Fifty years ago, Rachel Carson published her groundbreaking and paradigm-shattering book, “Silent Spring.” In it, she charted the depth of our dependence on chemicals as a means of subduing our environment. By chronicling the effects of these chemicals on our ecosystems and ourselves, she pulled back the curtain on the depth of our arrogance and naiveté.

As a good friend, who is also a historian of science, is fond of saying, Silent Spring, more than any other work of the 20th century, is responsible for shifting our understanding of ourselves from masters of the environment to stewards of it. In short, her book has become a kind of watershed moment. We look back and chart our own progress by asking, “Where did we go from there?”

The answer to that question is complex. We demanded regulations. We have banned DDT. We have begun a worldwide environmental movement. And yet, we still use pesticides almost ubiquitously. We still learn almost monthly, it seems, of new contaminants in the water and potential threats to our health and safety.

We are changed, for sure. But we are still mired in many of the same dilemmas that Carson outlined for us 50 years ago. Two recent articles – one about the recent and potentially catastrophic infestation of Asian Citrus Psyllids in East County — and another about the federal halting of new highways in Imperial County as incentive for complying with pollution reduction standards — paint a perfect picture of our current practical and ethical bind when it comes to the use of pesticides both locally and across the globe.

On the one hand, we depend upon the productivity of our agricultural crops year in and year out. In part, we need to be productive to meet the demands of our population. Also though, as consumers we demand the lower prices allowed for by increased supply. And before we self-righteously volunteer to pay more for organic produce, let’s remember that this is a luxury that not all of us can afford. Michelle Obama’s campaign for affordable, fresh, local produce markets in low-income neighborhoods has certainly brought much needed attention to the “organic class divide.” The simple truth is that price matters. The use of pesticides has, historically, helped to keep the cost of produce reliably low.

As cases like the Asian Citrus Psyllids highlight, the threat of even one pest can mean that as much as 40 percent of a crop can be decimated. The effects of this on consumers and on farmers whose families depend on the sale of those crops is, we have decided, too high to ignore. As noted in the Psyllids story, the government has stepped in and is offering to spray any crops in areas where the insect has been found. When we need pesticides, we will use them. The unspoken logic is that there is simply too much at stake not to.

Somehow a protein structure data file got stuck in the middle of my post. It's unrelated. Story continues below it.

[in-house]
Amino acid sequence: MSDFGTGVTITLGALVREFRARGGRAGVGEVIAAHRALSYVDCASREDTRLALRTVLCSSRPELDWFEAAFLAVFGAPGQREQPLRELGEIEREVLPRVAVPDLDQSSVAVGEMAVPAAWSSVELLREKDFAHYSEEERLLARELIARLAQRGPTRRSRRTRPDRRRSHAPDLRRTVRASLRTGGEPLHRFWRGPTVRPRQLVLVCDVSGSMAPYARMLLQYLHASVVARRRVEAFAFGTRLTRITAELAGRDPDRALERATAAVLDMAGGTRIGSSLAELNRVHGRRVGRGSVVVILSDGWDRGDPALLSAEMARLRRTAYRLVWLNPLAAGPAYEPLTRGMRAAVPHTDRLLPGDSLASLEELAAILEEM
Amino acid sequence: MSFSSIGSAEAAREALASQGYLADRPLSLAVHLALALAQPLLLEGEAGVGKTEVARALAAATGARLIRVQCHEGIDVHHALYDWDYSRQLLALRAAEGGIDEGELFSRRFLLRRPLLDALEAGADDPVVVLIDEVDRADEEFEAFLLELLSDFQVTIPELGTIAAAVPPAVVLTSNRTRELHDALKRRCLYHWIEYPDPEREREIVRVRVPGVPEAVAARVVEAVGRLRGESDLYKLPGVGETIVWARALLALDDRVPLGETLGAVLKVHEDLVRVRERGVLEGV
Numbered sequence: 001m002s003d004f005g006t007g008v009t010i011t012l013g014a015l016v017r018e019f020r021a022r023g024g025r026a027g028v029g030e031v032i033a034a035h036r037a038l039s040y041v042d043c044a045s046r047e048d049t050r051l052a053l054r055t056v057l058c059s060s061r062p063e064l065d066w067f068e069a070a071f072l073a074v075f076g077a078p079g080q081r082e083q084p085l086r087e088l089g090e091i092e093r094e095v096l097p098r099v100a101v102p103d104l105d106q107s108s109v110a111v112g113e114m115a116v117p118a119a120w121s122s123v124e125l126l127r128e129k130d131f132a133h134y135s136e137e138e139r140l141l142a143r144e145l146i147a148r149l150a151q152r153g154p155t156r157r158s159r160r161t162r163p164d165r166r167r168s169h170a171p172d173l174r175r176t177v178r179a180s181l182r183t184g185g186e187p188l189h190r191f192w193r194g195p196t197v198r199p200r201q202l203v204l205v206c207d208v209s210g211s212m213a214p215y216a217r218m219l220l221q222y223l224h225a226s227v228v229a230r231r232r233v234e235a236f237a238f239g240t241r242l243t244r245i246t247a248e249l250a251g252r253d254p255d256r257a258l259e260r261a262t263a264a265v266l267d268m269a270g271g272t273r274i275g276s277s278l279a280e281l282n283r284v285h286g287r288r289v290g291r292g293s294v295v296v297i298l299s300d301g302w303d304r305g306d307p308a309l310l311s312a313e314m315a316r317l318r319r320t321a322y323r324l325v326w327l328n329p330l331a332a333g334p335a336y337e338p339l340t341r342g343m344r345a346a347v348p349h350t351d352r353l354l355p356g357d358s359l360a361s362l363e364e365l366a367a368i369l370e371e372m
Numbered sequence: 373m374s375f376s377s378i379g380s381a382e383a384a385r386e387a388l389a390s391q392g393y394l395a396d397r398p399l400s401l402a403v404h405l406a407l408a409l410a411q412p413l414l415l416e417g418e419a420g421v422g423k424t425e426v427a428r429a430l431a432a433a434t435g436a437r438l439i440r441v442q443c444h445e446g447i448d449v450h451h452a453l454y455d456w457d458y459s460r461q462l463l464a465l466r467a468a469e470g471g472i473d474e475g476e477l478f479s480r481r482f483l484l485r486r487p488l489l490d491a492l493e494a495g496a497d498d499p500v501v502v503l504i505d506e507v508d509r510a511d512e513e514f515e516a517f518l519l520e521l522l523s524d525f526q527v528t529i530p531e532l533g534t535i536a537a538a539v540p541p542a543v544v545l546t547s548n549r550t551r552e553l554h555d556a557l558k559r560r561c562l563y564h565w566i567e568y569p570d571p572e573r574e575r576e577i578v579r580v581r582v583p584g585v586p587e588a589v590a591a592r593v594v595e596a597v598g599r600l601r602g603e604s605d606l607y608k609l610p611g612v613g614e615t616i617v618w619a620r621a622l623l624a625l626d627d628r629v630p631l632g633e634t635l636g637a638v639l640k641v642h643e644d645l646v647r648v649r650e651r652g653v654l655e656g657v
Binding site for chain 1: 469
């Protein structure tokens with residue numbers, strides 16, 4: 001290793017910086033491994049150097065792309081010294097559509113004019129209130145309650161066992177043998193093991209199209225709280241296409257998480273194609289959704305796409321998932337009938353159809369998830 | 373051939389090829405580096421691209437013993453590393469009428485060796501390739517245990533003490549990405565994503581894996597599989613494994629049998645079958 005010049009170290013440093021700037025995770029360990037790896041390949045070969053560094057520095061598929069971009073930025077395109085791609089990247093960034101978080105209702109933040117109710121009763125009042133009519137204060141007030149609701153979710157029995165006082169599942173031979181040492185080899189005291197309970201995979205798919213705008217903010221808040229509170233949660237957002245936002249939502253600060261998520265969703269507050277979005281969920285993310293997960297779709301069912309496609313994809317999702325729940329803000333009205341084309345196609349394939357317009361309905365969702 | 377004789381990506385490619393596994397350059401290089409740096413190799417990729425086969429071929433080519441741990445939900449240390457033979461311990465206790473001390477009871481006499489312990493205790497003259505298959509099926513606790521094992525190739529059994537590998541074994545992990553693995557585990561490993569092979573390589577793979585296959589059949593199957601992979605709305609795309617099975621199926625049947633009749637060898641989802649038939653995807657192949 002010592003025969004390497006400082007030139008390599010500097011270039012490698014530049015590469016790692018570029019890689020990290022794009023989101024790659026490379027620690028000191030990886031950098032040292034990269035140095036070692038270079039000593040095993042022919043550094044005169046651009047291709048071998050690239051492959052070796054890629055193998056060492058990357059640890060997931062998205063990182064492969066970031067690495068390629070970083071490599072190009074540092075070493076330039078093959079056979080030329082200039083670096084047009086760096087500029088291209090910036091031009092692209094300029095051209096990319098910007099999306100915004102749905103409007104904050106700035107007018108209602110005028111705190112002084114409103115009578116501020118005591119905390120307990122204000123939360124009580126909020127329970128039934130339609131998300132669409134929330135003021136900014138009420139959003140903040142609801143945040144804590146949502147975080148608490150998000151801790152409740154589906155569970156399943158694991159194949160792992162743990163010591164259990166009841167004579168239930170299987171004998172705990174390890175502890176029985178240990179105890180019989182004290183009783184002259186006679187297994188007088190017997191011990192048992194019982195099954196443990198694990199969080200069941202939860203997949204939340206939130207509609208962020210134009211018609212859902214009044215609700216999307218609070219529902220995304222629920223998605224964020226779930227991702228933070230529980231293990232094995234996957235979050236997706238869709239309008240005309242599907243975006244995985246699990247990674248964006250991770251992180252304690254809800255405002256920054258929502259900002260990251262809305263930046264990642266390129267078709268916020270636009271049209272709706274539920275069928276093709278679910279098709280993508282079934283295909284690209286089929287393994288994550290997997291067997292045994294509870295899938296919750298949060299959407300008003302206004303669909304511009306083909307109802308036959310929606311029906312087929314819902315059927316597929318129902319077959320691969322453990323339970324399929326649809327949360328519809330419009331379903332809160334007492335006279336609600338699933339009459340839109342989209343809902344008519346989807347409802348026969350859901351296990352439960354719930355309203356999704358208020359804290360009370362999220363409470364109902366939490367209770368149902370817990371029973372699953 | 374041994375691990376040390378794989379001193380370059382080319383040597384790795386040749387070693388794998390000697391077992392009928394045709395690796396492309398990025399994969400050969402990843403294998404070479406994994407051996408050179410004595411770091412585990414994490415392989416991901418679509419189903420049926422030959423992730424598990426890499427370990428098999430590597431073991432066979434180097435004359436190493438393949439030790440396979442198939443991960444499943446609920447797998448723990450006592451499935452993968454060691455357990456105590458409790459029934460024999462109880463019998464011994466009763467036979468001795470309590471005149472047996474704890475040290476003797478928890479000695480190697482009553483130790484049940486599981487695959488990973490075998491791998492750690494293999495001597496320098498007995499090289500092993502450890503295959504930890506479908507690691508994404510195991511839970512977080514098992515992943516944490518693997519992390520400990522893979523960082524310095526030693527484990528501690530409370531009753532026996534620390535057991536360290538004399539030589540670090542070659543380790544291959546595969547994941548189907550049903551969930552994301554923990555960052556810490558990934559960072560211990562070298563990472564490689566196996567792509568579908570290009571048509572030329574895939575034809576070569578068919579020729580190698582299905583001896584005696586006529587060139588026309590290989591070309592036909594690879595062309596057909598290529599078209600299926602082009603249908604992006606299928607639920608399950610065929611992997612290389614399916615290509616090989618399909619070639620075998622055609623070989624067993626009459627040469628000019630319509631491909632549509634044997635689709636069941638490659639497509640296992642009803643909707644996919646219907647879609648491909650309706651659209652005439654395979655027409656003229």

Ironically, within days of the notice to local San Diego farmers about Asian Citrus Psyllids, another article announced that the new highway construction in the Imperial County was being halted because the region had failed to meet the federally mandated benchmarks for air pollution reduction and, apparently, “[d]ust, pesticide use, the burning of agricultural fields and off-road vehicles make the air there among the most polluted in the nation.”

So, in the very same region of the country, with one hand the government (likely with much public support) is offering to spray pesticide to deal with an imminent threat, and on the other (also likely with broad support) is taking a firm stance against pesticide use in favor of sound environmental policy.

So where do we go from here?

Some argue that the answer to dangerous chemical pesticides is better pesticides. The irrational fear of chemicals is, according to this logic, no more valid than the irrational notion that they will solve any and every problem. We must continue to be vigilant in our study of effects and our commitment to developing safer (sometimes called “softer”) and more effective agents.

Others argue that until we can eliminate pesticide use, we will constantly find ourselves behind the curve, learning about our mistakes only after they have done their environmental and ecological damage.

In the middle of this debate though, is a relatively new and growing scientific exploration into alternative means of agricultural pest control. And San Diego State University is home to one of the leaders in this arena, Stephen Welter.

One approach has included the use of pheromones to interrupt mating patterns among the target pests. The experiments have dramatically reduced the need for pesticide use or spraying of chemicals. This method achieves a happy balance between the desire for crop productivity and affordable produce on one hand, and environmental safety on the other.

Still, we know that ecosystems are delicate, and even if we don’t spray chemicals, dramatic changes in animal populations can have harmful, unintended consequences. What might be the long-term effects of this intervention? Only time will tell.

For now, it is a new, innovative and promising approach. Whether it is the answer to our dilemma or not, it is another powerful chapter in the rich legacy of Rachel Carson and Silent Spring.

On Oct. 17, Stephen Welter will be speaking at the Reuben H. Fleet Science Center as part of a free, “Exploring Ethics” series hosted by the San Diego Center for Ethics in Science and Technology. To learn more about this topic and to participate in a dialogue about the issues raised by this work, RSVP here.

Tate Hurvitz is a Project Director for the San Diego Center for Ethics in Science and Technology and an Assistant Professor at Grossmont College, where he teaches English and co-coordinates the Freshman Academy, designed to promote interdisciplinary learning. He lives in Chula Vista.

Dagny Salas was web editor at Voice of San Diego from 2010 to 2013. She was an investigative fellow at VOSD from 2009 to 2010.

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